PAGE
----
“You will take an eastern route, no?” Claude asked. “To Saint-Agrève?”

“Of course not. That would be almost forty kilometers out of my way,” Louis said. “No, I will go to Le Bouchet St Nicholas, then on to Pradelles, and then to Langogne—”

Mon Dieu!” shouted the brayer from the back. This time no one threw anything at him.

Non, non, non,” Claude shook his head emphatically. “Non. Non, non, non . . .

“What?” Louis asked.

The other three men also shook their heads. The serving maid shook her head as she walked away from their table. Louis thought he heard a woman gasp and his eyes darted in that direction, but Henri brought him back.

“You.” he said, tapping the table in front of him with his forefinger. “You do not want to take this journey.”

“I do,” Louis countered. “I must.”

More shaking heads. The café filled slowly with the low rumble of quiet conversations, out of which Louis pulled a few words: l’agneau, massacre, le loup. He looked at the big, grey head above the door, its pointed yellow teeth.

“What? Him?”

“Worse,” Claude muttered.

“I should think I would have more concern of being robbed.”

“That as well, perhaps.” Henri shrugged.

“No matter,” Louis said. “I carry a pistol. I’m not afraid.”

But now Louis’s head was full of wolves and thieves, and worse. What could be worse?

He drained his cup and stopped Claude from pouring more into it.

Non, s’il vous plait.” Louis smiled an apology. “Up early tomorrow.” He turned to Antoine. “To get an ass.”

Antoine’s stony face broke into a crooked smile.

Oui, Monsieur Steams,” he said. “We will certainly find you your ass.”

The four Frenchmen laughed, though not as boisterously as before. Louis felt the shift in the café was irreversible, or perhaps he would have stayed another round. He left wondering if they were laughing more with him, or at him, but it didn’t matter. He would be leaving this place soon.

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Monastier, Goudet,

Ussel, Bouchet St. Nicolas


At Grez-sur-Loing, Louis didn’t make it easy for her, partly because he fought it and partly because he could not stop coughing long enough for the spoon to be in and out without clacking against his teeth. And it wasn’t that he resented being fed like a child, although that didn’t help.

            “It is what it is,” she said, and wiped spilled soup roughly from his nightshirt with an already-filthy towel. His chest shook, the coughing explosive now, and Fanny looked at him flatly until it subsided. “My husband is coming, two weeks from today. You must leave.”

            He felt he might be leaving through Death’s door, if his breaking heart didn’t kill him first.


Louis woke.

His journey began here. Le Monastier-sur-Gazeille nestled snug in a green valley below an irregular ridge that separated it from a troubled sky. It was a collection of plain-looking buildings with orange clay-tiled rooves that stood stark from the surrounding backdrop still verdurous from the summer sun, now heading into September.

Lovelorn and worried, Robert Louis Stevenson had flung himself upon the town. Presently, he had just finished entertaining a group of lace makers with the English language. Due to its liberal sprinkling of French, the artisans considered it merely a comical patois of their native tongue. He left some easily-amused ladies with the word “bread”—which they rolled around their lips and the concaves of their mouths until they doubled over with laughter—in search of a less excitable group of people. The rustic streets were created for wandering, in which he now indulged.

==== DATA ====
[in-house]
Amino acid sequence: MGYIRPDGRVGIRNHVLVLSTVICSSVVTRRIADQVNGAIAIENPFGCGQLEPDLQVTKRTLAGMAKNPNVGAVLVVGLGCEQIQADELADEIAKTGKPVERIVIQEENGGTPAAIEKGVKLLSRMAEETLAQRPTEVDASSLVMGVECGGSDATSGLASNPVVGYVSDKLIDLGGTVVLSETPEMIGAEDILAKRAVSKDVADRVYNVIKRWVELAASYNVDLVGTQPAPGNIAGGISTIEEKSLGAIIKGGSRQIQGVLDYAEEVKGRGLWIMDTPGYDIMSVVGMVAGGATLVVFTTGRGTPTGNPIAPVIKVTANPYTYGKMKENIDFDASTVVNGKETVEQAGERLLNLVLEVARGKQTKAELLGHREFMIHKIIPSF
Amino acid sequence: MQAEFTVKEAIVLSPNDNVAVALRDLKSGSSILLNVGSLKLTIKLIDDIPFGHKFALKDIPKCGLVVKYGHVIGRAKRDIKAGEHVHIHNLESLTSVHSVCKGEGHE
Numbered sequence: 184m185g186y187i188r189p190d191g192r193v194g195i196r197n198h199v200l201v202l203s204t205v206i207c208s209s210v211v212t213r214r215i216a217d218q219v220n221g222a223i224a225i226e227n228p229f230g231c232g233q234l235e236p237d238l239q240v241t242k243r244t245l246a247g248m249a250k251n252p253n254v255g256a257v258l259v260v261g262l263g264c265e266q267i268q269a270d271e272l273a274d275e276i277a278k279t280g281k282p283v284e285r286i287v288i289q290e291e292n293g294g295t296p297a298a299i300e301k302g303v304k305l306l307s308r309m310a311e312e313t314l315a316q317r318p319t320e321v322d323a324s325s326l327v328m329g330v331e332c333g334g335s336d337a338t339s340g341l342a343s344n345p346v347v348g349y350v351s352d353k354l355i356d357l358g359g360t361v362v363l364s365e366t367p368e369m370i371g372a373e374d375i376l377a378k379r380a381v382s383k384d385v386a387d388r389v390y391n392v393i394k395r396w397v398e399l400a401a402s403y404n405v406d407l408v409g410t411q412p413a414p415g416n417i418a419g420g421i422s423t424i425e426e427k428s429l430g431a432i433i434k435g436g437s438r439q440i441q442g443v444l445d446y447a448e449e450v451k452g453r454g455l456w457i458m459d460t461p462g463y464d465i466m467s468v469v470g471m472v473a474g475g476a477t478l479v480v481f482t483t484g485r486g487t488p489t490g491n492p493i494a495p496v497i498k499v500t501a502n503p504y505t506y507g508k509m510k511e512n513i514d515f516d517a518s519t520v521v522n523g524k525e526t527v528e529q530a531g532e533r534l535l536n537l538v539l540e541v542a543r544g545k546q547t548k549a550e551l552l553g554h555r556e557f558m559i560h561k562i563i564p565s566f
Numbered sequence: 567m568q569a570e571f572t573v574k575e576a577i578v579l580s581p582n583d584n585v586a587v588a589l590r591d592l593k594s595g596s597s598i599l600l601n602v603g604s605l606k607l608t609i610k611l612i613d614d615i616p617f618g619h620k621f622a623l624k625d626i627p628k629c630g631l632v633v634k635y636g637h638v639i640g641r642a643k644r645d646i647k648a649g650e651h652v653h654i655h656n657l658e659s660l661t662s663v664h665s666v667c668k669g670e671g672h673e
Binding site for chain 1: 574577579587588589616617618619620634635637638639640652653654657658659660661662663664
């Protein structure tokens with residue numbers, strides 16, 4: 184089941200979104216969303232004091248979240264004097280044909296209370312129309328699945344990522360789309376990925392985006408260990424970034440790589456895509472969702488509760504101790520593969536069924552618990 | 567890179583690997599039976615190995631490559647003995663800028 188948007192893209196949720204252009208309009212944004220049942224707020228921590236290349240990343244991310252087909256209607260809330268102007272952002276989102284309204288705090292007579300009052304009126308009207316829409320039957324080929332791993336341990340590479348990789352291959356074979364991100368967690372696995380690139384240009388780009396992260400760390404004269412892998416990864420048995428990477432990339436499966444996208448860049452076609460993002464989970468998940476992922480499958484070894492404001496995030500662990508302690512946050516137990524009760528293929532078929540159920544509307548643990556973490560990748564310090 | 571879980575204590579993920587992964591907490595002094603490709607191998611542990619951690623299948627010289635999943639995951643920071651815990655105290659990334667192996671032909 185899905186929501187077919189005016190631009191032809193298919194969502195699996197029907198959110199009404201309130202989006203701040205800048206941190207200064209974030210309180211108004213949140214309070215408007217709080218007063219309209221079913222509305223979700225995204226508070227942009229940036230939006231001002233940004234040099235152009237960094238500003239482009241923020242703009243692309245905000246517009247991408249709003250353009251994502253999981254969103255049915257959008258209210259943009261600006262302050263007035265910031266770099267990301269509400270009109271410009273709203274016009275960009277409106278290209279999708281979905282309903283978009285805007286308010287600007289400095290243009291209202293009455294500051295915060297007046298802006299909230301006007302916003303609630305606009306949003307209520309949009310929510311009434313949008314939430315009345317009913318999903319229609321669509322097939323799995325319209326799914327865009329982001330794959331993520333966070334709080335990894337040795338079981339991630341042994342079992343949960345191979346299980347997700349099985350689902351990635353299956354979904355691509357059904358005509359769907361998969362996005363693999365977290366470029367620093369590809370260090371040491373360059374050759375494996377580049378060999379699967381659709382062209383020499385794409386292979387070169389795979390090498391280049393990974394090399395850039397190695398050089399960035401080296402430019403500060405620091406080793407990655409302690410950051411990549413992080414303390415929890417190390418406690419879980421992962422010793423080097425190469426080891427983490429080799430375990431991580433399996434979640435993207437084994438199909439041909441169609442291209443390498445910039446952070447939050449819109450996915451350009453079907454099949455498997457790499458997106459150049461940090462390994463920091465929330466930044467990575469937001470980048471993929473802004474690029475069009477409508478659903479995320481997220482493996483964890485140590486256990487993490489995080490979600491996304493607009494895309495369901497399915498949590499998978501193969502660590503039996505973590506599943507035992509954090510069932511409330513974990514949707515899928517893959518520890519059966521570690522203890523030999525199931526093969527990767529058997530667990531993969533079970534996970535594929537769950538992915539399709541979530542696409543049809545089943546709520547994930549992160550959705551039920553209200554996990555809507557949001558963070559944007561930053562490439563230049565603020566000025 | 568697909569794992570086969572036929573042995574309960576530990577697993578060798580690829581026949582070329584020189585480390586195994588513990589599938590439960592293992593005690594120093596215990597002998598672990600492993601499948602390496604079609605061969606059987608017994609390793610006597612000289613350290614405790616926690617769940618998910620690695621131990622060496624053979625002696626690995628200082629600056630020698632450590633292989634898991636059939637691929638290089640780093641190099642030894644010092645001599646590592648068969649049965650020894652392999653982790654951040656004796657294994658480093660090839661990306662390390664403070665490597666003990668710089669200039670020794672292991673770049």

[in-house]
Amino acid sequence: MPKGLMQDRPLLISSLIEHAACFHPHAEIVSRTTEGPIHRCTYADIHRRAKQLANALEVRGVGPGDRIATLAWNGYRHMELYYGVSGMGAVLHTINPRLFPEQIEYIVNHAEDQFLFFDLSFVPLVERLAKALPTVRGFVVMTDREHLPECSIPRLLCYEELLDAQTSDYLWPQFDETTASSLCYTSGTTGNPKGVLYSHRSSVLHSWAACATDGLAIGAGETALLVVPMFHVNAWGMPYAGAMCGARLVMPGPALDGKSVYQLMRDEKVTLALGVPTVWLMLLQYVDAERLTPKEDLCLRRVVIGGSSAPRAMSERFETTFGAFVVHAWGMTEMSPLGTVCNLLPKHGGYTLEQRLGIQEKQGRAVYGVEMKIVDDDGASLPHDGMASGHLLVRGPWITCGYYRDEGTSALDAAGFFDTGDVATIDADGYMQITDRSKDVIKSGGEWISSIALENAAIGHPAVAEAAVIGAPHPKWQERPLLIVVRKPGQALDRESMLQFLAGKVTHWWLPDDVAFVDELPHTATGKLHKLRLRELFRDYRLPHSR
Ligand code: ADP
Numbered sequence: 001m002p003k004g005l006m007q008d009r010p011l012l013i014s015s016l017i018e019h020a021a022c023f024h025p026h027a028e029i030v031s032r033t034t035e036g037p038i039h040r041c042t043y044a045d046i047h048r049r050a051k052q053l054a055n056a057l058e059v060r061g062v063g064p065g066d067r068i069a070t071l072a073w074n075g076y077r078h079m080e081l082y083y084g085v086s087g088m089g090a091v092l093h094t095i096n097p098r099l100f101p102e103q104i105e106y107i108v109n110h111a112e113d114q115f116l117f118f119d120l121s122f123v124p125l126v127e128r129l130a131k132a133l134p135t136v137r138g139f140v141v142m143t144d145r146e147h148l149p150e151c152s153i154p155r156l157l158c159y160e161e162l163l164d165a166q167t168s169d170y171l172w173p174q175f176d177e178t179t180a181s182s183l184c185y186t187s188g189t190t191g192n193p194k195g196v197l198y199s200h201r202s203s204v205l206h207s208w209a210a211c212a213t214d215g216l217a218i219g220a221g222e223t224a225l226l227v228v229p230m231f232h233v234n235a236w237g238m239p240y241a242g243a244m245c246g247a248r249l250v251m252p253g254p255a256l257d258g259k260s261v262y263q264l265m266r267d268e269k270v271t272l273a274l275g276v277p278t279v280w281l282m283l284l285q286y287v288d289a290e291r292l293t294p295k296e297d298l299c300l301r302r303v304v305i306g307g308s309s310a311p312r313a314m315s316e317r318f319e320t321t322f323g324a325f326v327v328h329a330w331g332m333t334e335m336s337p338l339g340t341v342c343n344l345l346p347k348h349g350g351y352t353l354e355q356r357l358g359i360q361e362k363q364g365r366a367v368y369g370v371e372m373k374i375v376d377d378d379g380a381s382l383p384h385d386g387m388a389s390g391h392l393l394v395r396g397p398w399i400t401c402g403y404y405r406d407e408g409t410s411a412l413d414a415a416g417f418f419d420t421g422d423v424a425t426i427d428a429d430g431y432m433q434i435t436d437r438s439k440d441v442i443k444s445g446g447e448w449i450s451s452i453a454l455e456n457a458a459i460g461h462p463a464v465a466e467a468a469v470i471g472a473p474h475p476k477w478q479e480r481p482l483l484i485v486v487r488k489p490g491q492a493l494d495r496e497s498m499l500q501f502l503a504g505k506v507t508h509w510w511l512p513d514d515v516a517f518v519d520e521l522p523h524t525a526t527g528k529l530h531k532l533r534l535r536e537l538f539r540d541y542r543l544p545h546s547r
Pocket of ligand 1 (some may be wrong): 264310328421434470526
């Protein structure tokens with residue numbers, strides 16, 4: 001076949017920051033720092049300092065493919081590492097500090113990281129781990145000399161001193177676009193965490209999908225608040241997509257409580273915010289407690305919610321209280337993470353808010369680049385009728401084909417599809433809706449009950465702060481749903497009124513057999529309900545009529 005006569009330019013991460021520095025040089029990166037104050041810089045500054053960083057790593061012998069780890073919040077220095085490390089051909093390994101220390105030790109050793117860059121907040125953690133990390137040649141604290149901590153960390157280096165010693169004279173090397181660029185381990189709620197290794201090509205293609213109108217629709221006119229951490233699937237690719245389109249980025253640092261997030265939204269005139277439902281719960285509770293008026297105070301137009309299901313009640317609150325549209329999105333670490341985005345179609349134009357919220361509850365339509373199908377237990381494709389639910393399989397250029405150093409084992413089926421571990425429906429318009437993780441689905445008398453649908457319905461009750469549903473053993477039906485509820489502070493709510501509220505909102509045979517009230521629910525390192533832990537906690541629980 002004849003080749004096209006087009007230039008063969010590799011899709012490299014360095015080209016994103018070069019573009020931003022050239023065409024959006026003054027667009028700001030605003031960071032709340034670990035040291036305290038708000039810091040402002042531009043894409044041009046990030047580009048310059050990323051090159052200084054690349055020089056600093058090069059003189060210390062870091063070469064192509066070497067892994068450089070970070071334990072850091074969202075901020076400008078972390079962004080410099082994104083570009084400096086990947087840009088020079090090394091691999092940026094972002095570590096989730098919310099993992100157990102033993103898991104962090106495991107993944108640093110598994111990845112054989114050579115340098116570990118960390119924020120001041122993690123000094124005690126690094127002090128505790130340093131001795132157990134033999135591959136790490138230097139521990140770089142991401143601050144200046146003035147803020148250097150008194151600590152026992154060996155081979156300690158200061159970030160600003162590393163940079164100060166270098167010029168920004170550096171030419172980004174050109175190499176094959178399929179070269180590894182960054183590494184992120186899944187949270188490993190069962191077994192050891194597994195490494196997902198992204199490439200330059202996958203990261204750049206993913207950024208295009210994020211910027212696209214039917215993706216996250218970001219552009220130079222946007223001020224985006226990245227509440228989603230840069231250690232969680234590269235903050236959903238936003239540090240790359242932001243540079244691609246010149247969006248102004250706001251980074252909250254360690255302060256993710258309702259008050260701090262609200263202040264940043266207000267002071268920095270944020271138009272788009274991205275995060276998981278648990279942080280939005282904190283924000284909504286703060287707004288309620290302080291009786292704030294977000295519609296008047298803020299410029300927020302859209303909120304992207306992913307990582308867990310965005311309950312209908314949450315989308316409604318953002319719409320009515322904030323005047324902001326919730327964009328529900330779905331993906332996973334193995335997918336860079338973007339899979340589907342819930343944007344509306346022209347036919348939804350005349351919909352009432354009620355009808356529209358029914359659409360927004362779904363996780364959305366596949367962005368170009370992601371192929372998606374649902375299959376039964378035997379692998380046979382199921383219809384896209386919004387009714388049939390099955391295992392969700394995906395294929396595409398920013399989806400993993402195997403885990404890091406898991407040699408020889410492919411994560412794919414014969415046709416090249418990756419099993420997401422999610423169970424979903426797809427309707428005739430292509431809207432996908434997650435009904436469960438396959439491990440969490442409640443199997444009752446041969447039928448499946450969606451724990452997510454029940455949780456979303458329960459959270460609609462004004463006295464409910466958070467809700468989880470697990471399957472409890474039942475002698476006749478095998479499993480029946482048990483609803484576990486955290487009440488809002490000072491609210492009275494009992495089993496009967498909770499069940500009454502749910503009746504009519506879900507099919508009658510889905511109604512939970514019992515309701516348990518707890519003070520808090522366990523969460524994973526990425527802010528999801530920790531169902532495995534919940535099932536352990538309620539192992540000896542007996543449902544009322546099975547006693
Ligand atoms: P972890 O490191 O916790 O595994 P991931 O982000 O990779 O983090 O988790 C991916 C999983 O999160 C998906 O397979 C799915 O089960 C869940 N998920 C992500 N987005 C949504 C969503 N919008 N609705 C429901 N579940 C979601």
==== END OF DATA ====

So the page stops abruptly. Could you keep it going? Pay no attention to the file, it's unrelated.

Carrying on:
He’d arrived in France weeks ago, just after the love of his life, Mrs. Fanny Osbourne, departed London for the United States. He’d written to his parents and friends—Sidney Colvin, his editor and occasional benefactor when funds sank truly low; Charles Baxter, an old, dear college chum; and William Henley, one-legged poet and boisterous pal. All but his parents were aware of Fanny. So far as Louis had mentioned, he was here to write another travel book. But, his relations excluded, all knew of Fanny and knew what had happened.

They knew the two had met, had fallen in love, and had spent nearly two years on an emotional carousel that all too often left Louis too dizzy to stand. They also knew she was much Louis’s senior, married to another man with two children, and that she’d returned abruptly to America, so many miles away.

In all his young years, Louis had never been so in love. And had never felt so irreversibly rejected. Except for that one other time. But this was different.

He’d sent letters to his friends from Le Puy within the week of her departure, going on about the new book, Travels with a Donkey in the French Highlands. They knew Louis hurt and that she had given him only enough reason to hope, but no more. They discouraged it—the entire enterprise, beginning and ending with Fanny—and so he said little, except to declare how enthusiastic he was to embark on such an excursion.

In reality, within him was a tempest, calmed only by the act of getting from one point to another. He meant to adventure so hardily and so thoroughly as to punish the heart straight out of him, literally or figuratively; he didn’t care much which. He could arrive at the end of his journey a man without sentiment or dead. It was all the same to him.